Lead me not into temptation ..................I can find it myself

  • Member since
    December 2002
  • From: Derry, New Hampshire, USA
Posted by rcboater on Thursday, April 27, 2006 8:52 PM
I like Pollyscale's "aged concrete" for wood decks.  It is  a grey-ish tan color. 

It is part of their model railroad colors line- comes in the bigger bottles.

(Pollyscale's line of acrylic model RR colors are great source of colors for use on other models. The larger bottles are a better value than the little ones.)

Webmaster, Marine Modelers Club of New England

www.marinemodelers.org

 

  • Member since
    November 2005
Posted by Anonymous on Thursday, April 27, 2006 6:20 AM

You might give White Ensign Models  (WEM) "Colour Coats" a try. They make a extensive line of USN colors and they are very accurate. They also make a teak color for US woodden decks. I have it and it is great.

The delivery from these folks are lighting fast, even though they are located in England. A top notch firm and people to deal with.

 

Dick Wood

  • Member since
    May 2003
  • From: Greenville, NC
Posted by jtilley on Thursday, April 27, 2006 12:38 AM

I can only talk about the last chapter of the Atlantic story.  When I was working at the Mariners' Museum, in Newport News, we got a call from Metro Machine, a big ship repair firm in Norfolk.  (I don't remember the exact date, but it must have been in the winter of either 1981-82 or 1982-83.)  The Atlantic had been lying on the bottom somewhere in the Norfolk area (I don't remember just where) for several years, and Metro Machine had finally been contracted to scrap her.  Fortunately somebody in the company thought to notify the museum.

When my boss and I got there (with a substantial truck in company), all that was left of the Atlantic was a pile of debris.  Metro, however, had already sliced off the last six feet or so of the ship's stern, with the understanding that the museum would preserve at least that much of her.  That piece of stern was standing on end in the mud when we got there.  It was pretty unimpressive; the letters spelling out the name on it were missing, so it was really just a nondescript steel shape.  But we dutifully loaded it on the truck and hauled it back to the museum.  Before we left Metro I rescued that piece of deck planking from the scrap pile, which Metro was about to burn.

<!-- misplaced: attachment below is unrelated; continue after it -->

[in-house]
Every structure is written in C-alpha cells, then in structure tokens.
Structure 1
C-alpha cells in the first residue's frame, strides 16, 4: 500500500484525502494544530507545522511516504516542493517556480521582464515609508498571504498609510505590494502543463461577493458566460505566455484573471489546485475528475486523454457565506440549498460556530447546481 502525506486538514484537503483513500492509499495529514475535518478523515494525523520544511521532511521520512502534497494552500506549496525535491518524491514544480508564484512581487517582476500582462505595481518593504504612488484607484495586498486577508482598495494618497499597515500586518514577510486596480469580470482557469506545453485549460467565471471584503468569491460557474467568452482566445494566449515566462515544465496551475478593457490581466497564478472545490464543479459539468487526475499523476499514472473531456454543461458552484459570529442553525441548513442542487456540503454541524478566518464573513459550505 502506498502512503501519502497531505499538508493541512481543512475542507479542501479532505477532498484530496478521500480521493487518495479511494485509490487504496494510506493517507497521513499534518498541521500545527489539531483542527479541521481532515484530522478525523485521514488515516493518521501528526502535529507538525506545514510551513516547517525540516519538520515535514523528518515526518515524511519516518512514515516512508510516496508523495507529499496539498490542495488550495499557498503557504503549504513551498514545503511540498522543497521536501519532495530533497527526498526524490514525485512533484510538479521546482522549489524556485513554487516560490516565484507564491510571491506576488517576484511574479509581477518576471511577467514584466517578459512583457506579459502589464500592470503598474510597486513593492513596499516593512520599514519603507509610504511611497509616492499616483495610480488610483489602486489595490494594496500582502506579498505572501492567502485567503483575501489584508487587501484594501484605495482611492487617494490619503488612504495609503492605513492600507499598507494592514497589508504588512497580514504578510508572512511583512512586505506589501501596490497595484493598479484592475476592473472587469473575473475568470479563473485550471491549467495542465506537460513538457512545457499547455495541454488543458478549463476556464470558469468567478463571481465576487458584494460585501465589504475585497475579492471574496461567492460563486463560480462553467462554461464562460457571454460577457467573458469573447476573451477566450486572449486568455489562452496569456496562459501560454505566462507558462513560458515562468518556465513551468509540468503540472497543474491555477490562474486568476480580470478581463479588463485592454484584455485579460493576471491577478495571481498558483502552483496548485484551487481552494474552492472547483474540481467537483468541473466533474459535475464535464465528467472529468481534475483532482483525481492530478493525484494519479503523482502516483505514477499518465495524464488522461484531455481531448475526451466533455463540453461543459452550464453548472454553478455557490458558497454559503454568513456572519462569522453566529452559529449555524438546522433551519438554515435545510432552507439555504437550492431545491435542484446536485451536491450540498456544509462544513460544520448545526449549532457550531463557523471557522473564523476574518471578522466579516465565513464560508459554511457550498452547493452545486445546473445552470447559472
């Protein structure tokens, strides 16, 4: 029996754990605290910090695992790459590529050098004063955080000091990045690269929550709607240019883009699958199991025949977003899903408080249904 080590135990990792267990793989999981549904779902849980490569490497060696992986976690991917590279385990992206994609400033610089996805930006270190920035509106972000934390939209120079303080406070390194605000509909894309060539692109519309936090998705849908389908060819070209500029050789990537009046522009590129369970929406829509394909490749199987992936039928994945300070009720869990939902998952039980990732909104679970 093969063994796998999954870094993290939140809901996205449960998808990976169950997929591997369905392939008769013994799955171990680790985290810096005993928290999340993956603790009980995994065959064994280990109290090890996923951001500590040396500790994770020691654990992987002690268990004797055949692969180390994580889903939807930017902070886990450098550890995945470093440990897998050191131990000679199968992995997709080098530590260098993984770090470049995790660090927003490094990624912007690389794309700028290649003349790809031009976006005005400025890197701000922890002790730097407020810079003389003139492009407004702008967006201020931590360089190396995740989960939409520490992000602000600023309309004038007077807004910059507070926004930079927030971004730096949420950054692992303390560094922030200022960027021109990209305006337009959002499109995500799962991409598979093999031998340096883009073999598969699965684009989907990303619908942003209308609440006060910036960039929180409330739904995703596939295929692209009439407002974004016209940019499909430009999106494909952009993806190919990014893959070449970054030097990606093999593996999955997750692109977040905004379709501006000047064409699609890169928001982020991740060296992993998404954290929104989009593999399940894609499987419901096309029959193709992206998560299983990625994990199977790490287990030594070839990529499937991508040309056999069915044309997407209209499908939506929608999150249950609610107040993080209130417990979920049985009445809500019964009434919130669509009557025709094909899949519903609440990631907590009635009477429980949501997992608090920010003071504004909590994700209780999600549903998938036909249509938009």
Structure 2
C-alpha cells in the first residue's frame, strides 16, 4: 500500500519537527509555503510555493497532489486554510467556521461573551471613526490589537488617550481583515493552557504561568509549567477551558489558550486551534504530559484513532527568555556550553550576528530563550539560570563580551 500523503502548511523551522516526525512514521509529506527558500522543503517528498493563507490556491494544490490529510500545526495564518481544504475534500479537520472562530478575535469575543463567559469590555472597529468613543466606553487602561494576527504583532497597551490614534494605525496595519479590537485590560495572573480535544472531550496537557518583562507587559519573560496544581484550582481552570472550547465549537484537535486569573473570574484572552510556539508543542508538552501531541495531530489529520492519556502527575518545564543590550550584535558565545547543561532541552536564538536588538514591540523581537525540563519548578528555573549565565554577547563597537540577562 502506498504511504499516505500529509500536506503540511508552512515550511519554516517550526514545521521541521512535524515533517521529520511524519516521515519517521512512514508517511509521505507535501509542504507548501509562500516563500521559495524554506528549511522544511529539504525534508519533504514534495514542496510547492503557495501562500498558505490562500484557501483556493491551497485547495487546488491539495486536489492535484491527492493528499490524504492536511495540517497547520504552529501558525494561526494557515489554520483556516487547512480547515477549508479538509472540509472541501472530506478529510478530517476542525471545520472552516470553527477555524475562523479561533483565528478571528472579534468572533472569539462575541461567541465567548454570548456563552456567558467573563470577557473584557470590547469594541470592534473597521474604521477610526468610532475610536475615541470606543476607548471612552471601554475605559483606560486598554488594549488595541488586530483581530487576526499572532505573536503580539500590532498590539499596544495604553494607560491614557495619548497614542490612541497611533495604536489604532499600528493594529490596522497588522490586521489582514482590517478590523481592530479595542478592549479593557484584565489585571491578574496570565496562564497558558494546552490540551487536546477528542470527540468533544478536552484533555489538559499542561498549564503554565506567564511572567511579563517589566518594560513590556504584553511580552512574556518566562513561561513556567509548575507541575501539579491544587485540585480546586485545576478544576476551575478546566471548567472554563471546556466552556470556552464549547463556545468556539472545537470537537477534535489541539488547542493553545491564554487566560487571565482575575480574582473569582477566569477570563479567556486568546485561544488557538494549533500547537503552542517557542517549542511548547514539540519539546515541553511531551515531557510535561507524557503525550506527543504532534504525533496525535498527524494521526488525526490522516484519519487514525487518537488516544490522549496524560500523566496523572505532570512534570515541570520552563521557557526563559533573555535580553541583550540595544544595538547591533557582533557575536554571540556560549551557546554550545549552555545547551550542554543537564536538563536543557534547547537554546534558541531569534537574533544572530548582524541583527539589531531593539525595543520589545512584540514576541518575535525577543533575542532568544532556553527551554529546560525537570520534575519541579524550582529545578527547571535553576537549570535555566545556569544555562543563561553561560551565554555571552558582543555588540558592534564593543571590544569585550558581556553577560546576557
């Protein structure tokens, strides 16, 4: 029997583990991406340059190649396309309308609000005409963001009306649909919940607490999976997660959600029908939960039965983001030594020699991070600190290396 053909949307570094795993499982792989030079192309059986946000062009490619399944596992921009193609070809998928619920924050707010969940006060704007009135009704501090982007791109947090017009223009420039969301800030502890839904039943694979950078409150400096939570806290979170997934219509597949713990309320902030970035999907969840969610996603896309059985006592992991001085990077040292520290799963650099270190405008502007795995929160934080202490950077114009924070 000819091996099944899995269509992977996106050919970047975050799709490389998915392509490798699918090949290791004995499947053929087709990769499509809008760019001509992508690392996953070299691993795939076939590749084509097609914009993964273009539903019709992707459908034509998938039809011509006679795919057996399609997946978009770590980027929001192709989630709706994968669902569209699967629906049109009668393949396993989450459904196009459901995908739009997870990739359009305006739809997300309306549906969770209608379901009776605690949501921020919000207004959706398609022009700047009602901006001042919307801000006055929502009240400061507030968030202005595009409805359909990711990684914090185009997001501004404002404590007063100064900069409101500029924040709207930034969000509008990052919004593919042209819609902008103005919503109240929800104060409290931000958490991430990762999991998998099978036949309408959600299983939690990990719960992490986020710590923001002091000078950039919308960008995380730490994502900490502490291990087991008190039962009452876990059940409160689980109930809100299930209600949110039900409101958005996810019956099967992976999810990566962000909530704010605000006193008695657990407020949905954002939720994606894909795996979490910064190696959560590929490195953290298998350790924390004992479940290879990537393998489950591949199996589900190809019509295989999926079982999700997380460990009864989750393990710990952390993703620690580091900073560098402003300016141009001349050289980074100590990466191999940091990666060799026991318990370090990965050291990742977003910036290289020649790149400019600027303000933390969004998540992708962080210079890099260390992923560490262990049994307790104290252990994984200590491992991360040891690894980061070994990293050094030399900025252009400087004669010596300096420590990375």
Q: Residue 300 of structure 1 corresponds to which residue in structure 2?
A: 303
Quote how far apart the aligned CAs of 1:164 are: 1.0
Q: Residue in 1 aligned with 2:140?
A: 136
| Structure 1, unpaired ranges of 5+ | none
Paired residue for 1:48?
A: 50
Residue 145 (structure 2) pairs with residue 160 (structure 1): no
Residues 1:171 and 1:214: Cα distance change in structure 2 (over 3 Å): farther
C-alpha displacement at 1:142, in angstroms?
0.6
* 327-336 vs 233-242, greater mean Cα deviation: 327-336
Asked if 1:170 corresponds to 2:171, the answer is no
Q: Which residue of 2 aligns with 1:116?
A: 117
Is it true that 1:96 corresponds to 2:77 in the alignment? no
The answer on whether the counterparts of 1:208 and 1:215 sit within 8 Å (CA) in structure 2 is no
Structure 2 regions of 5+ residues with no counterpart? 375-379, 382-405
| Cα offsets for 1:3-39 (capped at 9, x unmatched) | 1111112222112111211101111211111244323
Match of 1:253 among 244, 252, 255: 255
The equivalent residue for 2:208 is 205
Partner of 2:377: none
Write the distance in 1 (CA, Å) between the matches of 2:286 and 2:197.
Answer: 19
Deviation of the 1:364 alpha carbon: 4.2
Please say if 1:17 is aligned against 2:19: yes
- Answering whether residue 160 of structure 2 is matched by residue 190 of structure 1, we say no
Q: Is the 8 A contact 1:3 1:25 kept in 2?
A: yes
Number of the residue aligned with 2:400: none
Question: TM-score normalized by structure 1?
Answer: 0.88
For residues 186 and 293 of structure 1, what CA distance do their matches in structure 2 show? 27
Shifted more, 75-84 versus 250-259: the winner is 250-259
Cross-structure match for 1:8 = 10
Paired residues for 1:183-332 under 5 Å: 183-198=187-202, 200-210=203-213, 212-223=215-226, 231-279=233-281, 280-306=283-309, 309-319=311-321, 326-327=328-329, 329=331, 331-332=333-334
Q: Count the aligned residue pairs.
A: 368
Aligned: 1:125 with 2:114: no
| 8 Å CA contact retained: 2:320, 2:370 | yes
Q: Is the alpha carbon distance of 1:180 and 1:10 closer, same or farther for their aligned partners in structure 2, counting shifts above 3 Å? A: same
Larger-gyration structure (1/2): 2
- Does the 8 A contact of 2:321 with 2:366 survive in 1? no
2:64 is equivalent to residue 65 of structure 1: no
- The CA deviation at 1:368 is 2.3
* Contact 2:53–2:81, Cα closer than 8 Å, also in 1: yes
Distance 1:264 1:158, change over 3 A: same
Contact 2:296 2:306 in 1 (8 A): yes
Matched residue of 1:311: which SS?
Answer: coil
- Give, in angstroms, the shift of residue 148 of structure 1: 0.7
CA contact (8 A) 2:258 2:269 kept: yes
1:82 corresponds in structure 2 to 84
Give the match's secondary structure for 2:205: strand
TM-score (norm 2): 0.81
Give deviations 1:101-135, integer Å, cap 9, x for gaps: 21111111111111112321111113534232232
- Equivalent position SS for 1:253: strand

We mounted the stern on a steel framework that the museum staff built for the purpose.  The last I heard (which was quite a while ago) it was displayed in the museum's Small Craft Gallery.  My boss was something of a wheeler dealer.  He claimed to know where the original, carved wood letters from the stern had ended up - and it turned out he was right.  They showed up at the museum and got remounted on the Atlantic's stern.  Just who had been in possession of them, or how the boss had found out that individual's identity and induced him to part with them, I'm not sure.

In some previous transaction (my memory is pretty foggy about all this) the museum had already acquired a piece of one of the Atlantic's masts.  That one, it turned out, had not been original to the ship; it had been manufactured for one of the great racing "J-Boats" that competed for the America's Cup in the 1930s.  We used it in a temporary exhibition about the history of the Cup races.